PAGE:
The megacity problem

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The megacity problem

Thursday, 13 September 2018 | Kota Sriraj

The megacity problem

Given current-day threats and challenges posed by megacities, it is crucial that the metros of today be put through an ecological sustainability assessment

A  shining India and a prosperous economy bring to mind sprawling megacities replete with skyline dotted with skyscrapers amid a labyrinth of super-smooth roads and high quality residences. These aspects of the city have become showpieces for any Government to register their achievements. But seldom is the question asked: Are megacities being visualised and given shape taking into consideration the ecological sensitivities of the region and the consequences of rapid urbanisation? The cities of today are an apt example of ‘development on the go’ wherein the speed, and not the direction and cost of development, is given importance.

The megacities are only on the rise. More than half of the world’s population now lives in cities, and the number of megacities with populations of more than 10 million has risen from three in 1975 to around 20 today and still growing. As a result, the megacities of today have become the hotspots for emissions that have serious implications in air pollution and climate change. Moreover, these population hubs have caused severe strain on vital natural resources such as water and soil quality. These impacts are felt not just locally but regionally as well as globally. For this reason, the environmental impact of megacities is a phenomenon that needs to be addressed by policy-makers.

But for the policy-makers to prepare city and ecology-specific regulations, there is a need for a better scientific understanding of the exact processes at work and impact areas. This is possible only through an efficient collection of quality primary data. This can be attained by using a mix of satellite and ground-based observations and computer models with which first-hand data on urban area atmosphere can be collated. This includes essential information on reductions in air quality and health effects resulting from air pollution in megacities and ecosystem damage caused by emissions.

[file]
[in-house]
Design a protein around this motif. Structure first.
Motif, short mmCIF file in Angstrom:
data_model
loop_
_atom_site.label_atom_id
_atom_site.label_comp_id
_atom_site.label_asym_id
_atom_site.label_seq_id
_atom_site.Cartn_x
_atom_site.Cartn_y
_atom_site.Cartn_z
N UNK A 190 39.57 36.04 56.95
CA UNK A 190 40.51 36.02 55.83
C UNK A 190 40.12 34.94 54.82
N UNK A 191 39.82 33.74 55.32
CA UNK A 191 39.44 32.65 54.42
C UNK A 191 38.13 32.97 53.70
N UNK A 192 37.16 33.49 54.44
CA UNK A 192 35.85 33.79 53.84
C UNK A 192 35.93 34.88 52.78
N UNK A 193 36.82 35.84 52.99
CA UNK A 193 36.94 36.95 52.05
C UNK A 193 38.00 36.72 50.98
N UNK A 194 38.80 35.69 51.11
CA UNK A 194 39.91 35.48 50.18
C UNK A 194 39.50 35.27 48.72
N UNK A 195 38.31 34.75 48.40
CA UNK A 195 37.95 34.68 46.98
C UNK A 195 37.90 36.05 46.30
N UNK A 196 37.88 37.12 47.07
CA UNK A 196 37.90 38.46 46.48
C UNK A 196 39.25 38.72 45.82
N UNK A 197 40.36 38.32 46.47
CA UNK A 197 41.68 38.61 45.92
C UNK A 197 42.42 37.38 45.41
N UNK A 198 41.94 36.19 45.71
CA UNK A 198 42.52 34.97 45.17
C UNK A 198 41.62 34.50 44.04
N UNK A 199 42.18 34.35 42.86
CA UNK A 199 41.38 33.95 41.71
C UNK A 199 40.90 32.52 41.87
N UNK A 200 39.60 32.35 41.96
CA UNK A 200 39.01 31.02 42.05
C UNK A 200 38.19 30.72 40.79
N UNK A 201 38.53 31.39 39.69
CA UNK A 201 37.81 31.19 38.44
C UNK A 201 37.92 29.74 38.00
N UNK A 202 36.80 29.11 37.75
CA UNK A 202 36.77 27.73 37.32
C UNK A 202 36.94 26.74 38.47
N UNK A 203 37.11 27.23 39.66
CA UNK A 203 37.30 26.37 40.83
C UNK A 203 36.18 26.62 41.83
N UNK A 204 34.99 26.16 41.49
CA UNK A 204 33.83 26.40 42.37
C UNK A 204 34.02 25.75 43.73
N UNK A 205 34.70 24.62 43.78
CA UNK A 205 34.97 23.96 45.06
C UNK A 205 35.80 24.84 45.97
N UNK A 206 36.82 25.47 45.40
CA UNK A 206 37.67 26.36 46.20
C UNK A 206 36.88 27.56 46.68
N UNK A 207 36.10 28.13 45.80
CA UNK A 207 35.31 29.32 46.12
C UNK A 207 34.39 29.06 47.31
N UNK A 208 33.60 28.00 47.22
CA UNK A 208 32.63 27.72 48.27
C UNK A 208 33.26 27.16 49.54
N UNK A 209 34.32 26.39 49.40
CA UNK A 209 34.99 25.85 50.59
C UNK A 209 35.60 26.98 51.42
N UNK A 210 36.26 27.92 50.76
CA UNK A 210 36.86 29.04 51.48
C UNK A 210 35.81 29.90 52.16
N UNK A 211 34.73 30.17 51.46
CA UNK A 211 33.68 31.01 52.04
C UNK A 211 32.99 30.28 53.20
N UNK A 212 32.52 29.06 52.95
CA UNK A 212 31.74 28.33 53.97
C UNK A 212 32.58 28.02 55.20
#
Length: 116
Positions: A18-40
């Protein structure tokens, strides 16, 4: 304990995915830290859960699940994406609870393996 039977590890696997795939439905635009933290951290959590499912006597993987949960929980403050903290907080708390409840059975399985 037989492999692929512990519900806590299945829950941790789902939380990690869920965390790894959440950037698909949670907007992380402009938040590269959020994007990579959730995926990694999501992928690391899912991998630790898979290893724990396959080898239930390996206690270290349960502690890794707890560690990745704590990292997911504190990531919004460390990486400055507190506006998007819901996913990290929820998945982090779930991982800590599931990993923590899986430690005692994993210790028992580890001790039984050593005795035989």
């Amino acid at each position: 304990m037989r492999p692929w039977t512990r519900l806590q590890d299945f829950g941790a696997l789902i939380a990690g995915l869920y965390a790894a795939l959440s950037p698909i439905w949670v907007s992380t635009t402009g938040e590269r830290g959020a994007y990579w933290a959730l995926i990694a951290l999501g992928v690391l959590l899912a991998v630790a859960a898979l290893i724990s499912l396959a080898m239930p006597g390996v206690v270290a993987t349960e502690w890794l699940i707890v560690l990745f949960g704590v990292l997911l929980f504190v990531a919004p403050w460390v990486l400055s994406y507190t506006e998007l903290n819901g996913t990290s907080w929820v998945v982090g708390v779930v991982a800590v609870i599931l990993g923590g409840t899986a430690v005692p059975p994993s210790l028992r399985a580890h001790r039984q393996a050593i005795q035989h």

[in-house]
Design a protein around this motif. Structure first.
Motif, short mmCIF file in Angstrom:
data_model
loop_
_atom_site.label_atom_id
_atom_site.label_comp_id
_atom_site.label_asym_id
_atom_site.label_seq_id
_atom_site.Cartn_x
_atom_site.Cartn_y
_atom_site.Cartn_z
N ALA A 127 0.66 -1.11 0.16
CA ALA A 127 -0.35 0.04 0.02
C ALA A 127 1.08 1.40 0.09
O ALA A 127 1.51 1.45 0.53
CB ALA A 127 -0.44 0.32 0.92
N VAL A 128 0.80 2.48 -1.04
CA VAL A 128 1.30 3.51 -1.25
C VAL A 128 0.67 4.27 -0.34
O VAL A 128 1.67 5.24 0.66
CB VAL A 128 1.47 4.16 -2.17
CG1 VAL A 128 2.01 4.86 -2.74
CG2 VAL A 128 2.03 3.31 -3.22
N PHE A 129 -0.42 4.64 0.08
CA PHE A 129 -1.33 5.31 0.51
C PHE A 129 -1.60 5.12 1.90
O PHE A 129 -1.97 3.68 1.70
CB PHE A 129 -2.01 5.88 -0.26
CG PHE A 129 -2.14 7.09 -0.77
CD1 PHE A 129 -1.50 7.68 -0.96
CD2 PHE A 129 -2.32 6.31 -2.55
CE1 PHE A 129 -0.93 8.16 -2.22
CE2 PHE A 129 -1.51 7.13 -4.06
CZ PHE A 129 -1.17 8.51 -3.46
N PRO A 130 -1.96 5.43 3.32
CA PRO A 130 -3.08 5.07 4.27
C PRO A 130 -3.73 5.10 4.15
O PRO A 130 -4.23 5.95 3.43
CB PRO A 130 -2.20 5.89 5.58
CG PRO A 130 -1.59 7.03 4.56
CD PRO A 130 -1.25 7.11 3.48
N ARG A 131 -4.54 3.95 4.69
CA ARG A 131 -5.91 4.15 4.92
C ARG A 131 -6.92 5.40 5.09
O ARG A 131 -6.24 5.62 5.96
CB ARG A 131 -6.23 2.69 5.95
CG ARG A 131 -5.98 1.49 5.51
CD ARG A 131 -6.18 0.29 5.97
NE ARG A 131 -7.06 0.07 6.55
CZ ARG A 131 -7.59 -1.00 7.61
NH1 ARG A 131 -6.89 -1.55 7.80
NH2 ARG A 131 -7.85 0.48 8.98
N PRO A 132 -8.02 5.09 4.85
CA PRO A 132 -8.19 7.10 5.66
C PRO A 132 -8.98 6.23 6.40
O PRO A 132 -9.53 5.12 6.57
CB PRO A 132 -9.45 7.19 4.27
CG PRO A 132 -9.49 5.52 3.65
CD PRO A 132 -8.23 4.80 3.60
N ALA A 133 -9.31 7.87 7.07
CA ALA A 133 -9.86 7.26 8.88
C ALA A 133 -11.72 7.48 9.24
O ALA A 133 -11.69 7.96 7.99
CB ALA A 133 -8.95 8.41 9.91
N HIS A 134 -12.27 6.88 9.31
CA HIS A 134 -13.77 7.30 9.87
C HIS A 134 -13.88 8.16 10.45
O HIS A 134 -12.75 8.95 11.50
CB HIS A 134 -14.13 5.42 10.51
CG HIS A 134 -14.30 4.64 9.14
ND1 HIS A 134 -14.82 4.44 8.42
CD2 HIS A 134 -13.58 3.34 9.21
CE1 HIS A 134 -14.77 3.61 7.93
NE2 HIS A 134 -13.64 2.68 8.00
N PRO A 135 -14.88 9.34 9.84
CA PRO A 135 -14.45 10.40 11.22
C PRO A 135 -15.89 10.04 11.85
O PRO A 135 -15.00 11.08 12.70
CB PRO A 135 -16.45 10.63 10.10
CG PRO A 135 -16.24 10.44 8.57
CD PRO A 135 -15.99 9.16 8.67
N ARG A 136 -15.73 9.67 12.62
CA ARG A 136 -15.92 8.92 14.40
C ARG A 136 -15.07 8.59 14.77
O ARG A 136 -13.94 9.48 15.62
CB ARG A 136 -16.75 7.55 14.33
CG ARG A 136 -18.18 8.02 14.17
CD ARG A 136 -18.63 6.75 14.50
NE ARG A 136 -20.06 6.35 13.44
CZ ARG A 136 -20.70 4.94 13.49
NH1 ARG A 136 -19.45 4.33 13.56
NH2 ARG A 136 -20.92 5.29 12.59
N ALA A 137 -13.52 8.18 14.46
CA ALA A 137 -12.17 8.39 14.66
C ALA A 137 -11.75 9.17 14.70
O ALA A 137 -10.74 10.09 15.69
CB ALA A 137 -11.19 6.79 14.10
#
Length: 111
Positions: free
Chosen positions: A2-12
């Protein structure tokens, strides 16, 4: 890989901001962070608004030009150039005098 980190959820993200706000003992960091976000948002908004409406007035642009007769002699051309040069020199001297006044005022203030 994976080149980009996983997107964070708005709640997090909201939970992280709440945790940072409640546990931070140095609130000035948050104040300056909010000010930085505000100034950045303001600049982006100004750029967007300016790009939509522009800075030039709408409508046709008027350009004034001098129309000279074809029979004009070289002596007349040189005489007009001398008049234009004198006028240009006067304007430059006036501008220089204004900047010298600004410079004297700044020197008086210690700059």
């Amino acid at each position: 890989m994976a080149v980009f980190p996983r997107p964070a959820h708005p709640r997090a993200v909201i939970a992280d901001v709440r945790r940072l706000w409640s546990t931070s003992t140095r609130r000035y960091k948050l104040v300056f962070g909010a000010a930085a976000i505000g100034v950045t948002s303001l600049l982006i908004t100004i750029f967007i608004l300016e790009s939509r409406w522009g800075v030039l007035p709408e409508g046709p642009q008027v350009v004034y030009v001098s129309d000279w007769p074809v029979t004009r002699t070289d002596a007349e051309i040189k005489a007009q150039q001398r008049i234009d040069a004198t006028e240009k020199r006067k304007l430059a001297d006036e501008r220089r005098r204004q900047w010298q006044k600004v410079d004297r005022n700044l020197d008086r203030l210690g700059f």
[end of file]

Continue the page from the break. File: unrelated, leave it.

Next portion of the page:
The Government needs to expedite a wider variety of policies which can cover and regulate the impact of the megacities on climate change as well. Emissions to the atmosphere of trace gases and aerosol species such as carbon dioxide (CO2), nitrogen oxides (NOx), and volatile organic compounds (VOCs), ammonia (NH3), sulphur dioxide (SO2) and black and organic carbon (BC, OC) are emerging as the prominent by-products of human activities in megacities. These emissions of greenhouse gases and pollutants impact both, the composition of the atmosphere and the climate. This in turn is expediting climate change and its adverse impacts.

The actual problem is that many fast-growing cities are urbanising before they get industrialised — this is changing the speed with which megacities are developing. As a result, most cities today don’t have the infrastructure, employment base or productivity to manage this rapid growth. One can see a maze of informal settlements amid completely overloaded infrastructure. Cities are generating a challenge on a resource level never seen before. The fastest growing cities may be hit the hardest eventually as these mega-hubs are fast becoming ungovernable and too unwieldy to adapt fast enough to rising temperatures, sea levels, pollution, water shortages, and ill-health of inhabitants. Megacities, once seen as the proud achievements of the modern world, now seem to be the biggest problem of the recent times.

India too specifically has been reeling under the phenomena of stratospheric rise of the megacity and the equally spectacular fall of the same. Bangalore is an apt example of this scenario. Bangalore, renowned for its trees, lakes and pleasant air only 25 years ago, is now almost a dead city that has sacrificed its environment for some of the fastest economic growth seen anywhere in the world.

The ambient temperature in the city has increased by 2 to 2.5 °C (3.6 to 4.5 °F) and now reaches 38 to 40 °C (100 to 104 °F). The water table has declined from 28 metres (92 feet) to 300 metres (984 feet) deep in places and there has been an 88 per cent decline in vegetation accompanied by a 79 per cent decline in wetlands. All this in addition to frequent flooding, even during normal rainfall. This is the price paid by Bangaloreans for city, which knew no limits on progress.

The Bangalore situation can get repeated across every Indian city. India, which is expected to be the most populous country in the world with over 1.5 billion people by 2050, is projected to see an increase in the urban population to nearly 600 million in 30 years. Megacities like Mumbai and Delhi are not expected to grow much more. Instead, smaller cities are rapidly expanding, and that too, at a cost. India’s air pollution is now as bad as China with 1.1 million people dying prematurely in 2015 alone from poor air quality linked to the hyper-development taking place in many cities.

Given these threats and challenges posed by megacities, it is now crucial more than ever that the cities of today must be put through an ecological redefinition. This alone can improve city governance and urban management, which is in consonance with the environment. The reality is that if we get the future cities wrong, the consequence will be a diminished and polluted world for everyone. The choices made today will determine whether cities are ultimately the problems or solutions.

(The writer is an environmental journalist)

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